The following came from an agency local (20 miles away) to me. I’m not sure what the angle is, but if my resume crossed your desk, it’s obvious that I am a US native.
(AH! Found the email:)
“Resume updated with the education details (Course/ University or Institution/ Year of completion for Bachelor’s and Master’s if applicable)
Photo ID* (DL/ State ID Copy) or
Passport Number or Passport Copy*
(We do not have anything to do with these docs, we are requested by the client to share it with them just to make sure that we are submitting the genuine resumes to get the interview call within a couple of days upon submittal)”
So, apparently, the employer needs all this info to validate a resume. Right? :P
@Lisa M: Passport Number. That’s an even better identity theft request than SSN! That calls for the ultimate response that not even an SSN request is worthy of. GFY, Recruiter!
I have seen online job applications ask for SSN and detailed employment history for the last 15 years – and they want starting and ending salary for each one. Identity theft anyone?
In one instance someone from a companies HR pointed me to the application. When I told him I found the application tedious and that my previous salaries were irrelevant to the job at hand (they were – career change and a different city) I was told that this was industry standard. I have filled out less for large DoD contractors to get an interview.
“video chat ”
…yet another issue all in itself.
Another poster stated:
“I’d be curious what folks think about the new video screening software that’s out there these days.”
Robo-interviews…gee, how fun.
Nick had at least one blog on that. Hope you’re all prepared for your digital “interview” to be posted for all to see on the internet one day. Sorry, I wouldn’t believe anyone that promises it’s for “internal use only”, encrypted, or will be deleted.
How do you think “privately” filmed casting calls from 70s (and thereafter) get on the internet? You’re digial interview is certainly no more important to an employer than any big name actor’s recorded casting call. Oh, and are you really going to trust any “confidentiality” or other legalese claims that your robo interview will be not be shared or otherwise “lost?”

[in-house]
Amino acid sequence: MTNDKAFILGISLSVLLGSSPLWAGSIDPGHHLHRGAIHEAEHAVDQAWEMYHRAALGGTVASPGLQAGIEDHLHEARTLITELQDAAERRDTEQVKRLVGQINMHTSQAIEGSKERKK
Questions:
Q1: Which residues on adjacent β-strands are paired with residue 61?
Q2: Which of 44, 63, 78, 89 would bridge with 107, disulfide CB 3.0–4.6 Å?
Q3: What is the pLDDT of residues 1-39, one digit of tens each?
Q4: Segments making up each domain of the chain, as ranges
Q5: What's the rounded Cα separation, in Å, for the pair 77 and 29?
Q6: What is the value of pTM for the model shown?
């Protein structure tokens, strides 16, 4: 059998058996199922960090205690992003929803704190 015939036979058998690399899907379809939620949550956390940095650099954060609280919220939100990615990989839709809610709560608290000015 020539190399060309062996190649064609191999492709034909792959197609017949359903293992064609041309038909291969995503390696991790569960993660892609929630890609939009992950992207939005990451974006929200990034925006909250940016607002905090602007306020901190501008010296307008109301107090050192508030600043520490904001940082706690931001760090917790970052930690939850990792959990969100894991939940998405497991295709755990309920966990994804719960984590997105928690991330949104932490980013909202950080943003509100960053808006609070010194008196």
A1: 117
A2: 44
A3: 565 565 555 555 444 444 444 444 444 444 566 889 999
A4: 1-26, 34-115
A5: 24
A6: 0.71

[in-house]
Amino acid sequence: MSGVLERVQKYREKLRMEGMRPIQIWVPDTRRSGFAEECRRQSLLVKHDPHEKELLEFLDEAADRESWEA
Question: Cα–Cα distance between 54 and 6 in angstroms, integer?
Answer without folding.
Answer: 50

Nonetheless, too many people submit to endless employer demands that now these employers call it “standard practice.” What a joke.
How do you propose to interview as a remote employee?
Back in the day, if the company was interested in you, they flew you in for an interview.
The only reason for video is for TV air talent to provide a broadcast air check.
I have immediately lost interest in any company not wanting to bring me in for an in-person interview with the hiring manager, either across town or across the country.
Why would the company spend the money? If you’re going to remain in your home office, not interface with the public, then why spend the money?
Good memory, Chris S:
Let’s hear it for robo-interviews!
BTW, anyone else find the last bullet point to be silly, “Please provide an email address…?” Since they emailed this to him, they obviously have his email, which makes me think this was an auto-generated email sent by the algorithm…
It is possible that the visible email was a work email, and the candidate would much rather use a personal email for this operation, so the request is not all that stupid.
The request may not have been stupid if the stupid recruiter was an algorithm.
The interview via email “technique” appears to be gaining steam. I saw that several times during my last job search. In one situation, I decided to play along, and my answers were apparently good enough that I earned a phone screen with the hiring manager… who asked me the exact same questions.
I’d be curious what folks think about the new video screening software that’s out there these days. Someone in my network was asked to screen for a role and, when she agreed, she was sent a link to a video software program that worked like Skype, except there wasn’t a human on the other end. The program asked her questions, and she had a certain number of minutes to record her response to the question. Insanity!
No – those things are the dumbest things I’ve heard about unless you’re in the TV/Film industry.
Not a human on the other end? With what/who exactly are you interfacing?
…my guess is “Skynet” – the employers version. haha
Computers collecting data, sorting, and making instant decisions of your “qualifications.” Seems like 1984’s “sci-fi” has arrived.
Good grief. I’m pretty accustomed to interviewing via Skype et. al. because I’ve worked remotely, and that’s standard protocol … except that there is a human on the other end with whom I’m interacting.
“…my guess is “Skynet” – the employers version. haha”
Puts new meaning to “you are terminated” I suppose.